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Aug
2011
4

Unions, LaHood Express Outrage Over FAA Shutdown; Delta’s Role Emerges; Rallies Planned



The undercard of the debt ceiling fight has quickly become the main event in Washington as the House of Representatives, led by a reluctant Republican contingent, all but adjourned for the summer leaving nearly 90,000 jobs and $200 million-per-week in tax revenue on the Capitol floor.

Transportation Secretary Ray Lahood made waves yesterday morning when he called in to C-SPAN to express his outrage over the inability of “one or two people” to do the right thing:

LaHood, a Republican who served in the House, called in to C-SPAN’s “Washington Journal” show to rip Congress for not passing an FAA reauthorization bill before recessing for the summer. LaHood did not specify the one or two people he was talking about, but praised Senate Majority Leader Harry Reid (D-Nev.) for putting aside his state and ego to resolve the stalemate. He said Reid was willing to move a House-passed bill through the Senate even though it would have cut funding for an airport in Nevada.

Reid “stood tall,” LaHood said.

Throughout the interview, LaHood pointed the finger at Republicans for being “stubborn,” saying the failure of Congress has led to the loss of 4,000 jobs at the FAA and 70,000 construction employees stopping work.

Similarly, Building and Construction Trades Department (BCTD) President, Mark Ayers, issued a scathing letter to the 112th Congress. BCTD represents over two million union construction workers, many of whom are those left without their runway pay during the shutdown

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Ayers’ assertion that the debt deal should have included the FAA funding renewal is part and parcel of the “Democrats caved” meme — another easily includable, highly popular provision that was ignored by the Administration.

Another emerging though under-reported nuance of the shutdown fiasco is union-busting Delta Airlines’ involvement in making it all happen (or, not happen, that is). Dave Johnson sheds light on the matter in “Delta’s Greed Helps Shut Down the FAA”:

This shutdown of the FAA has occurred because of a form of “government shutdown” by Republicans, at the behest of Delta Airlines, over rules about unionization elections. Delta is in the middle of a fight to keep workers from being able to form a union. Delta wants the rules changes so a nonvoting worker, including one who might be sick, on vacation or otherwise absent from the workplace on election day, is counted as a “no” vote for unionization. Republicans inserted this anti-union language into the FAA funding reauthorization and are refusing to fund the agency unless Democrats agree to change these union election rules to help Delta.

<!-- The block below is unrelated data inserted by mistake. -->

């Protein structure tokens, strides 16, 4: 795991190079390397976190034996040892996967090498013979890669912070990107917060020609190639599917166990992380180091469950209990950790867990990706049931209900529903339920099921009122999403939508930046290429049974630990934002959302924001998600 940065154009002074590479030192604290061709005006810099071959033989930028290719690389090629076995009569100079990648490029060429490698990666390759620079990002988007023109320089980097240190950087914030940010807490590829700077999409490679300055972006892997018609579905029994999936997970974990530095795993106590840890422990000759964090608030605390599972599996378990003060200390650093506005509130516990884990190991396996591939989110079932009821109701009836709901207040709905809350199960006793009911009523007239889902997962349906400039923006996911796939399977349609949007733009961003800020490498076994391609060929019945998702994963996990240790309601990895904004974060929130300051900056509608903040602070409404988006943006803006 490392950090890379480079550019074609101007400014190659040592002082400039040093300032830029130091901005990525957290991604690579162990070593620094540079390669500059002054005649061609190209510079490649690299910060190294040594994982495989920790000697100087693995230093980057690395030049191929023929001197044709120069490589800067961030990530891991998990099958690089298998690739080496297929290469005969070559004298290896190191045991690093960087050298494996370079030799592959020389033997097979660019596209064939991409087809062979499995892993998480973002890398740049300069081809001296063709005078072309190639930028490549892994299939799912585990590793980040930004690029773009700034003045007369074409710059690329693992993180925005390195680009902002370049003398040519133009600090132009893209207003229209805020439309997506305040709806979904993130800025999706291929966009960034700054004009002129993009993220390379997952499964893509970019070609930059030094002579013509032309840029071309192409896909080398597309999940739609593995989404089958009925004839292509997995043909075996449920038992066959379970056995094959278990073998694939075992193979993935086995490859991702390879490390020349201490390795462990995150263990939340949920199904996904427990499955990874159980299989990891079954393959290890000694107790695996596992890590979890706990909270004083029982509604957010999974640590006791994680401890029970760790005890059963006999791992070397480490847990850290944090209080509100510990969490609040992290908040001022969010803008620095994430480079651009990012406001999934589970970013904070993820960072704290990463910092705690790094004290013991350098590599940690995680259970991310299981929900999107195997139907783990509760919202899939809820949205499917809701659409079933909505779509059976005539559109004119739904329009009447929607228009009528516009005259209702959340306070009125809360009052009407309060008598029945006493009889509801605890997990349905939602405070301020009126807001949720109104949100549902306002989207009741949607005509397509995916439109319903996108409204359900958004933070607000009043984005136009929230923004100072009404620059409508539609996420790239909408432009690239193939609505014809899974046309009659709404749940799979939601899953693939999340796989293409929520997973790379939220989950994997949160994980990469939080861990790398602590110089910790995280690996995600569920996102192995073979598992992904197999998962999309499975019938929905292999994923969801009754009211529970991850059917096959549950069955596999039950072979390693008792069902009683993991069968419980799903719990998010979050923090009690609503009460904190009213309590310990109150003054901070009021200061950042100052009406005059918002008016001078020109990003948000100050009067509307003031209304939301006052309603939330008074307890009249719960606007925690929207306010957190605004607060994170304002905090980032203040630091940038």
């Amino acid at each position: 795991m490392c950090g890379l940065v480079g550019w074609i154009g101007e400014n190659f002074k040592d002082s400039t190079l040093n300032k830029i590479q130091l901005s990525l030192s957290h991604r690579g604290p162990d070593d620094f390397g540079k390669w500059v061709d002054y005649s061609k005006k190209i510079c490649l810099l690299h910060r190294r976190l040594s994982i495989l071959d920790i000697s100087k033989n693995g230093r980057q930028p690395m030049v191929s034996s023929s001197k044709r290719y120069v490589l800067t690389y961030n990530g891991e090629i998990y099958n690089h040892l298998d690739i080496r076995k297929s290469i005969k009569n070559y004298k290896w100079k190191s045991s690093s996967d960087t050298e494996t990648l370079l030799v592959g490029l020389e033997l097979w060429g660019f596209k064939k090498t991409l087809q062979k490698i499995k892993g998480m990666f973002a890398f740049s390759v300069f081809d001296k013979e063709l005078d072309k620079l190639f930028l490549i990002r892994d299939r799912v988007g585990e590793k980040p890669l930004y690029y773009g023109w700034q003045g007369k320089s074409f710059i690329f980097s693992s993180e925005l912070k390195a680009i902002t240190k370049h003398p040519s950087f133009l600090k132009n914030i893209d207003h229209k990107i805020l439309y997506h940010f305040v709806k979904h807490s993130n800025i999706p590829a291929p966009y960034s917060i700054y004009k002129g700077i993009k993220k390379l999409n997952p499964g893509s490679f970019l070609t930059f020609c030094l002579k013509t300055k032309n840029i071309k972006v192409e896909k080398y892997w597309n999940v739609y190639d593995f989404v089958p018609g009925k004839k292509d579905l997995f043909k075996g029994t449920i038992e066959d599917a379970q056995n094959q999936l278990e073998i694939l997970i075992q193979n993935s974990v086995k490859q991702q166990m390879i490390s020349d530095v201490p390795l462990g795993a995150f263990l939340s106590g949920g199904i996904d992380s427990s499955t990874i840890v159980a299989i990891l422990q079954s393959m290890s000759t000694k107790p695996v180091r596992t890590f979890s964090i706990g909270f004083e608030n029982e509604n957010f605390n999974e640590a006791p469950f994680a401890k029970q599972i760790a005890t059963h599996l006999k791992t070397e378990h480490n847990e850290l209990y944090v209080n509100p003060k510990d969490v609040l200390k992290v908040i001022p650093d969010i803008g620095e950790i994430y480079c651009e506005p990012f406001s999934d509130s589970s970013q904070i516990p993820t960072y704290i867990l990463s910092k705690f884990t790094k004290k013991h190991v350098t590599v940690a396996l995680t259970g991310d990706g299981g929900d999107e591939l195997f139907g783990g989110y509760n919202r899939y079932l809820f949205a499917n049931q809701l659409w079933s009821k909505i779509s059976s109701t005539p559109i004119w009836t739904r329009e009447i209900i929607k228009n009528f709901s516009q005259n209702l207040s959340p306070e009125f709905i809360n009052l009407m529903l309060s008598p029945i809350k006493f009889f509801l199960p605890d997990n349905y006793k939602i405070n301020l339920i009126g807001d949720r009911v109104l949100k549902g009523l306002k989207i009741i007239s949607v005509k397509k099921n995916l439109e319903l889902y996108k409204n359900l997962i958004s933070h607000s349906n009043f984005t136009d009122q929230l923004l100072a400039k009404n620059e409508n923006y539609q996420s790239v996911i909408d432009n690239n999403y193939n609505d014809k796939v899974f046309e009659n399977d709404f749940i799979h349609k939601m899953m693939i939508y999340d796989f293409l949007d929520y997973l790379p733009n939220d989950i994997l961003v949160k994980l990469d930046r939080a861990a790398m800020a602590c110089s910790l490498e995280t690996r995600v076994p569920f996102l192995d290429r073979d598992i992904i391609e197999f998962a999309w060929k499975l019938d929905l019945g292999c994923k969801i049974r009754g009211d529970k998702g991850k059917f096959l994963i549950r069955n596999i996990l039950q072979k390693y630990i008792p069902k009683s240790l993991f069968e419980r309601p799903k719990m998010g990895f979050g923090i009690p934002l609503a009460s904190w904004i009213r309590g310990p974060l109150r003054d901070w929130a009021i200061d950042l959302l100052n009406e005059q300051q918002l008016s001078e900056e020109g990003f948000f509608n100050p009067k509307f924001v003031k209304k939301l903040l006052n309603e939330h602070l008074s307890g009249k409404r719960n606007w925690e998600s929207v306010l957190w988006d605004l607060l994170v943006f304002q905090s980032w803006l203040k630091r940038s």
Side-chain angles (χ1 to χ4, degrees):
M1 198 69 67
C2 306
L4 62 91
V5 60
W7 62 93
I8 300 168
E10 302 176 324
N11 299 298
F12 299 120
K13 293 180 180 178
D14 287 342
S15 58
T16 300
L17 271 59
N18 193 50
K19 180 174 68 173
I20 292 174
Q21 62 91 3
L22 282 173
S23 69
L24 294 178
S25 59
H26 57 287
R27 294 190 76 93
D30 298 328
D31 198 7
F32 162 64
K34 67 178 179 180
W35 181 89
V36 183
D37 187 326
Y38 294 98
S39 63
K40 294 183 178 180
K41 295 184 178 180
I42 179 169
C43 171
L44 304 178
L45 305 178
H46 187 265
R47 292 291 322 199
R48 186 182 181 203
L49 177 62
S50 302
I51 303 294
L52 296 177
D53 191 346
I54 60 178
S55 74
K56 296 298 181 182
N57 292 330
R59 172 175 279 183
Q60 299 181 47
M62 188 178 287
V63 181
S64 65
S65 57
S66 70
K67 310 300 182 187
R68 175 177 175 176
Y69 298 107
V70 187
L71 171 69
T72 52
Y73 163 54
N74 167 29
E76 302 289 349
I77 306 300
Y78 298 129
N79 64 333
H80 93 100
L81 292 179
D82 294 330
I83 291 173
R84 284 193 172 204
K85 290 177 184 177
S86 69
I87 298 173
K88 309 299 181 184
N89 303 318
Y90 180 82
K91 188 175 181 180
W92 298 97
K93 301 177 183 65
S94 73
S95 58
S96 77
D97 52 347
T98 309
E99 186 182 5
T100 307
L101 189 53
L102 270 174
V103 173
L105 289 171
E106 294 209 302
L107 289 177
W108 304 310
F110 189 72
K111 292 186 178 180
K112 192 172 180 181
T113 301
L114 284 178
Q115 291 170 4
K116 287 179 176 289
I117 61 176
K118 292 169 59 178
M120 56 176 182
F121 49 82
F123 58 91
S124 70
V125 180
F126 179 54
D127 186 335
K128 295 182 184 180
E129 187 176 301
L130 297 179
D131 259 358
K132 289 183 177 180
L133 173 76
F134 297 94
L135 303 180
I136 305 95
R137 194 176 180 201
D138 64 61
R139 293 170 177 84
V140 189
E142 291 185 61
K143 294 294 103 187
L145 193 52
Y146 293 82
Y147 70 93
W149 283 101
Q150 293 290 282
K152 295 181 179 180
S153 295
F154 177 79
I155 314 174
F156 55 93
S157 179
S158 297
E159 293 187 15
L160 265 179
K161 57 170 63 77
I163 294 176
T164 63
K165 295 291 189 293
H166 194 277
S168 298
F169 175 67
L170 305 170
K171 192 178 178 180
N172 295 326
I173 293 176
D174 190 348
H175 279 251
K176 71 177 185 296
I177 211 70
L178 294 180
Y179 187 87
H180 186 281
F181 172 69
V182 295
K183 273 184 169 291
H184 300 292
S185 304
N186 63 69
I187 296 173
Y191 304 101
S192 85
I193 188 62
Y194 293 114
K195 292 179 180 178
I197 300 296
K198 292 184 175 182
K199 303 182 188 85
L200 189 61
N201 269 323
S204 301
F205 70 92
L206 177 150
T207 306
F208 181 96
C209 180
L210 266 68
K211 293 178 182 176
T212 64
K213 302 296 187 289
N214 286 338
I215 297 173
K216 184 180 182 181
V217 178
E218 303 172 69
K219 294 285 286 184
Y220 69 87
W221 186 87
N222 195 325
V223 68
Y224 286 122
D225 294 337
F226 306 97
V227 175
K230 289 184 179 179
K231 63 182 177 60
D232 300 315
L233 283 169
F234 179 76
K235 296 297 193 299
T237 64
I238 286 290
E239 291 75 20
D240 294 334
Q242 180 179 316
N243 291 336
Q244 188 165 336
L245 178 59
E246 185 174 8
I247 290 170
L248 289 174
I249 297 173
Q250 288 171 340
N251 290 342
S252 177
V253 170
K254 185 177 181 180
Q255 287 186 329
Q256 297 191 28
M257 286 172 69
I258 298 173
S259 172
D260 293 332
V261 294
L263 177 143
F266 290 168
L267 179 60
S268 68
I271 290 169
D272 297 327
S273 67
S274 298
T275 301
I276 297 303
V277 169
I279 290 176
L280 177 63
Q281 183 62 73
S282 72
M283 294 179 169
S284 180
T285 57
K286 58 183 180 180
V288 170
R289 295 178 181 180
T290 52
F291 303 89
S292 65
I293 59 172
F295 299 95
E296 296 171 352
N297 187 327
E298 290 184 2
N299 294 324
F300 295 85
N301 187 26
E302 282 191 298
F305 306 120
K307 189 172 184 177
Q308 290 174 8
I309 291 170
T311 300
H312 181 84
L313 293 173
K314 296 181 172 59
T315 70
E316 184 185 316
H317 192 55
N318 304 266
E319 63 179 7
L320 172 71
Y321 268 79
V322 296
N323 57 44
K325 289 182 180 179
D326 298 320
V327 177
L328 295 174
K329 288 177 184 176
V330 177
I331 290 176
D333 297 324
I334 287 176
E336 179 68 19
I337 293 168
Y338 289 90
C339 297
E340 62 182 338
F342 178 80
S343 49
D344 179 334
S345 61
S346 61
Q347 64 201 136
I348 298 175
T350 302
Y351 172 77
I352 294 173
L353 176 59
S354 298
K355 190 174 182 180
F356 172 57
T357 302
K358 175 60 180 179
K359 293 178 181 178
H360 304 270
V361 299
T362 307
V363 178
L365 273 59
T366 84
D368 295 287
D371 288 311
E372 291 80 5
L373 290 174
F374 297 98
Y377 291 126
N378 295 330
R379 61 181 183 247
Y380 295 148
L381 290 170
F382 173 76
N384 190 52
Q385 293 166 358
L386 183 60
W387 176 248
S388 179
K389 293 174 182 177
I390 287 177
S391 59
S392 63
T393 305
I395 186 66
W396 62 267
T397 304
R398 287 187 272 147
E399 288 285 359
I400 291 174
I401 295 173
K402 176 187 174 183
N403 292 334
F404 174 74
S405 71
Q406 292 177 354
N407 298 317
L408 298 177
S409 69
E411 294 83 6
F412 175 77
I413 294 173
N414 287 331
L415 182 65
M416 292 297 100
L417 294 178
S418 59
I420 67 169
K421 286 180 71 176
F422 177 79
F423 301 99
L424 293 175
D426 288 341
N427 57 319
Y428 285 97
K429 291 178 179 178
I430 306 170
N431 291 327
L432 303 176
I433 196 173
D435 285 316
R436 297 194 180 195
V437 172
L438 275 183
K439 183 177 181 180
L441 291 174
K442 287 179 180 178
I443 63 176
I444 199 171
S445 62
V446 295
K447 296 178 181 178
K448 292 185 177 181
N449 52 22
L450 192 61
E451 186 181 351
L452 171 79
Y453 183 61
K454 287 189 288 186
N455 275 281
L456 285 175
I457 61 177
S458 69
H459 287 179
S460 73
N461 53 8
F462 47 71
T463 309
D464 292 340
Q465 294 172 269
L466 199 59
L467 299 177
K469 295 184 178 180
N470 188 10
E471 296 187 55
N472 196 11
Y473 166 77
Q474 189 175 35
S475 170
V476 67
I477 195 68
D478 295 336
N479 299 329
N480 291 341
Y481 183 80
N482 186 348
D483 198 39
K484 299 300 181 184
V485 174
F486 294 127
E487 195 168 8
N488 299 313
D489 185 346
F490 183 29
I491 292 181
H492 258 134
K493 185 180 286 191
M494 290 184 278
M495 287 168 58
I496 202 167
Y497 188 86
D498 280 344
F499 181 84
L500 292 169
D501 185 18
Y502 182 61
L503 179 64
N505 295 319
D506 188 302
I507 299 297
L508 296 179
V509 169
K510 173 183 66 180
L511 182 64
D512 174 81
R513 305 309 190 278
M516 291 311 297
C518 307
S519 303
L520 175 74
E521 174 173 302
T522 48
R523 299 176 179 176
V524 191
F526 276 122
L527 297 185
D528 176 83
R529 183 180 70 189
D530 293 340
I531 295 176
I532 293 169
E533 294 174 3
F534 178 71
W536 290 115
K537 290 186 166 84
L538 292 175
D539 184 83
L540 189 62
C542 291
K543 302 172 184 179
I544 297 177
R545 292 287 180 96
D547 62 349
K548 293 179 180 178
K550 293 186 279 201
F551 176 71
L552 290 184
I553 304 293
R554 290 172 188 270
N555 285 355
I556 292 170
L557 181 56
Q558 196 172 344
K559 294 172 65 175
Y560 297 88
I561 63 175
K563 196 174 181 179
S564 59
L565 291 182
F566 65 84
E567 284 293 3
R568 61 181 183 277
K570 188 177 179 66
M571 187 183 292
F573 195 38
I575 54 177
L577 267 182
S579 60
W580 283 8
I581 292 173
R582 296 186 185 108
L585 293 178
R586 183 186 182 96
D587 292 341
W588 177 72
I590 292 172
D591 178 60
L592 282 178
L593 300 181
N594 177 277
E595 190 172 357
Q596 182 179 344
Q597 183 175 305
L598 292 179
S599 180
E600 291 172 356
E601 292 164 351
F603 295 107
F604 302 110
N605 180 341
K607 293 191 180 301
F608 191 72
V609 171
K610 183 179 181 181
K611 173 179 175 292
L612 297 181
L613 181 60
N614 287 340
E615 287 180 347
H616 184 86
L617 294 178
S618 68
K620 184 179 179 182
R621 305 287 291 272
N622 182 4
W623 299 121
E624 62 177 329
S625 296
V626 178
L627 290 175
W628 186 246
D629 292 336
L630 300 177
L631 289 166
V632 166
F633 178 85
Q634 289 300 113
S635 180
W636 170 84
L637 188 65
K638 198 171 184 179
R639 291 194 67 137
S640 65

Delta is apparently calling in favors to get this. According to Campaign Money Watch, in Is Delta Using Its Campaign Cash to Influence the FAA Debate?,

Delta’s been spending money wisely to try to overturn the decision to let workers organize more easily. They spent $1.6 million on lobbying during the first half of 2011, according to the Center for Responsive Politics. (Over the past ten years they spent at least $32 million to influence Washington.) Their PAC has given $826,243 to members of Congress since 2000. Adding additional incentive for Republicans in Congress to stand with them, Richard Anderson, Delta’s CEO, made a $5,000 contribution to the Senate Republican’s campaign committee earlier this year — apparently his first one ever.

In response, actions are being taken by legislators around the country. Congresswoman Sheila Jackson Lee (D-18th TX), the ranking member of the Transportation Security Subcommittee of the House Committee on Homeland Security, and Mario Diaz, Director of the Houston Airport System and the Houston Airport System community, will take to the terminal of Bush Intercontinental Airport to “explain the implications of the partial shutdown of the Houston Airport System.” The event will take place at 1030AM Texas time, according to a press release.

Similarly, Rep. Tim Bishop (NY-1) will be holding a noon press conference at MacArthur Airport in Islip, NY, a town affected by the shutdown. This is not Bishop’s first stand for workers’ rights. He recently entered T-Mobile’s union-busting efforts into the Congressional Record.

“While Congress is on recess,” Bishop writes in a release, “airports around the country will lose $2.5 billion in federal dollars for vital airport improvement projects because airlines are no longer collecting these ticket taxes.” 

In Kalamazoo, Michigan, the Laborers of LIUNA will hold an AFL-CIO sponsored event at 11AM on Friday (Airport 5235 Portage Rd, Kalamazoo, MI).

Below, labor radio host Rick Smith weighs in on his nightly address:

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